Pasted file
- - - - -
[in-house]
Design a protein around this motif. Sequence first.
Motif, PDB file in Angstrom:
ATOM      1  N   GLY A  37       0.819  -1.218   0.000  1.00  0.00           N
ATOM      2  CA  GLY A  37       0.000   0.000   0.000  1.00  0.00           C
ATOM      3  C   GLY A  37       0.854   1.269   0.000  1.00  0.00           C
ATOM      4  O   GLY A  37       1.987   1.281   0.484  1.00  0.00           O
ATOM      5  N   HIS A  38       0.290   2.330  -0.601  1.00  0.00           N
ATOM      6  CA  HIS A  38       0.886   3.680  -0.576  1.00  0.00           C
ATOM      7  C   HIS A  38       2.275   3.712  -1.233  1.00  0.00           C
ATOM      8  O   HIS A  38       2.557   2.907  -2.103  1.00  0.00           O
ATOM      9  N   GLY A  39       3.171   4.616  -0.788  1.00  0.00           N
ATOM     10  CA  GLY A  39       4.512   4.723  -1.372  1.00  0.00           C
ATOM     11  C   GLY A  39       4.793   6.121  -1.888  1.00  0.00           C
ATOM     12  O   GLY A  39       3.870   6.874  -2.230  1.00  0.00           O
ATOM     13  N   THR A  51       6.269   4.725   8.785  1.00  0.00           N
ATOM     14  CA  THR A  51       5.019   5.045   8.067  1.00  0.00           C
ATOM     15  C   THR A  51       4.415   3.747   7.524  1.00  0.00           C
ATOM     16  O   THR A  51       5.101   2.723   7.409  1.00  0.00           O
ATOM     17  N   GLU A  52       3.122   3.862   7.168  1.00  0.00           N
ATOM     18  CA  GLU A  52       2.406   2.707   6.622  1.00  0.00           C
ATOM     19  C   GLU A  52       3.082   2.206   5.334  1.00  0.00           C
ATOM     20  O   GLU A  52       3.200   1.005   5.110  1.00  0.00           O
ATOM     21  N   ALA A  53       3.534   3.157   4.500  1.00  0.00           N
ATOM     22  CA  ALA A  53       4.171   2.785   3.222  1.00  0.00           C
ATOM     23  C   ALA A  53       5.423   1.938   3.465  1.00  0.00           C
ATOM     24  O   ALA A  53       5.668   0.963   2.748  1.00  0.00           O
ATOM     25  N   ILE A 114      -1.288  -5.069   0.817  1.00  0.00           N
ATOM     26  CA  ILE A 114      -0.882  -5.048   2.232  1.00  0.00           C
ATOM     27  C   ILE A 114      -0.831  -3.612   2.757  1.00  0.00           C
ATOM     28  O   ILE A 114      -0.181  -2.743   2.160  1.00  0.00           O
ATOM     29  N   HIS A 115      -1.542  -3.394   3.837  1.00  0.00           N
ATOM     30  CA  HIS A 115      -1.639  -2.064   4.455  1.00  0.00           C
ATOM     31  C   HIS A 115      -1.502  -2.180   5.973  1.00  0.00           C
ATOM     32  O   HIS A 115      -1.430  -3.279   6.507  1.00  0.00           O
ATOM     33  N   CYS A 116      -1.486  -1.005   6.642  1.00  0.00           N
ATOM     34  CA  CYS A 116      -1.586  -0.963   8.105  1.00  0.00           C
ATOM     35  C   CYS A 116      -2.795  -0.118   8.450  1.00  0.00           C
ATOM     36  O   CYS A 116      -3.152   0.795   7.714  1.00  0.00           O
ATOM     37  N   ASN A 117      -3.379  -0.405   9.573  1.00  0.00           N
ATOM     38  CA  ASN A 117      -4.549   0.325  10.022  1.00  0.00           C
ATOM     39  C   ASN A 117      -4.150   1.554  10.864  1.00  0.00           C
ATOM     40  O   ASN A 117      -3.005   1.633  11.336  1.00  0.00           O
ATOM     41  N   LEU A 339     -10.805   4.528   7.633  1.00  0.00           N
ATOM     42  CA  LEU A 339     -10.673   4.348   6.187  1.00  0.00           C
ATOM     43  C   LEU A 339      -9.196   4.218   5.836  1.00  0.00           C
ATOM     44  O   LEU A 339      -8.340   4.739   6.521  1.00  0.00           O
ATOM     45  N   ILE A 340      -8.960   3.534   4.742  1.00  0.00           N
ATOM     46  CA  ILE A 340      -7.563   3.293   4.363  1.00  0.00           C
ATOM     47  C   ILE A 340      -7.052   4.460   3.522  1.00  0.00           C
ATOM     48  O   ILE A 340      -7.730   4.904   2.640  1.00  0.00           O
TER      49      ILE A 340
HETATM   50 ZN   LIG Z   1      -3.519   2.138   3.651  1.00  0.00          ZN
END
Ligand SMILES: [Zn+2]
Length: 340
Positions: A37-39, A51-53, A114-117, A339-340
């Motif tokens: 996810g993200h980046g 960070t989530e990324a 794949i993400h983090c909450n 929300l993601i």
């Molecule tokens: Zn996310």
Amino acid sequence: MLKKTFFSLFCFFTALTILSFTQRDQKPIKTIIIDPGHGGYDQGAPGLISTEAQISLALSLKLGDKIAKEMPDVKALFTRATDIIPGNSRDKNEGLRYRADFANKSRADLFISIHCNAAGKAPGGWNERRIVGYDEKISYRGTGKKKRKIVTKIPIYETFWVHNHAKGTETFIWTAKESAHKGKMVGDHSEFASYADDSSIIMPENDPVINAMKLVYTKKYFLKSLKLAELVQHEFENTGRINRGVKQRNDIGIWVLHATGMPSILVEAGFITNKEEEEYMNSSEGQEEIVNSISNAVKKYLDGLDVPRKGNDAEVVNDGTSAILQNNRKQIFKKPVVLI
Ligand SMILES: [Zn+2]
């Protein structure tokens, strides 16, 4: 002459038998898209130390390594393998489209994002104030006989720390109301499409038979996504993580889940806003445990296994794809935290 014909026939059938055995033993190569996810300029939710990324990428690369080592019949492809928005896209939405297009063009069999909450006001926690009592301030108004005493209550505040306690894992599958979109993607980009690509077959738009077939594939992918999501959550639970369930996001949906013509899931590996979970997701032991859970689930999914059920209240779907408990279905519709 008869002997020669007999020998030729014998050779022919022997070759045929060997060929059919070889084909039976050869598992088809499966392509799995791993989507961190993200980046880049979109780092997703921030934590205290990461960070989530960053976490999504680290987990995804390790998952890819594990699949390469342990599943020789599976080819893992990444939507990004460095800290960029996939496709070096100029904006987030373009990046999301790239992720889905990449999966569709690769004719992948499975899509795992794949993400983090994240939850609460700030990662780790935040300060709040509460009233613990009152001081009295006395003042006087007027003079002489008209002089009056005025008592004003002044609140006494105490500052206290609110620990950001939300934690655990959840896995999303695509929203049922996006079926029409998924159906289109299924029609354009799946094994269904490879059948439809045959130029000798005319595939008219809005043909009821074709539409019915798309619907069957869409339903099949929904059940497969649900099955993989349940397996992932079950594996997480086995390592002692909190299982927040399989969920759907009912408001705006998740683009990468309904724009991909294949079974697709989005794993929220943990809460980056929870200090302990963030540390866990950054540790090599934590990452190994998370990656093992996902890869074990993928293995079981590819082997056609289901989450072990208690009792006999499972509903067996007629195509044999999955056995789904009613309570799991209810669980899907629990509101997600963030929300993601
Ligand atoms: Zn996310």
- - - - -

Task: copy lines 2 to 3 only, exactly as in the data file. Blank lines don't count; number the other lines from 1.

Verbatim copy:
Design a protein around this motif. Sequence first.
Motif, PDB file in Angstrom: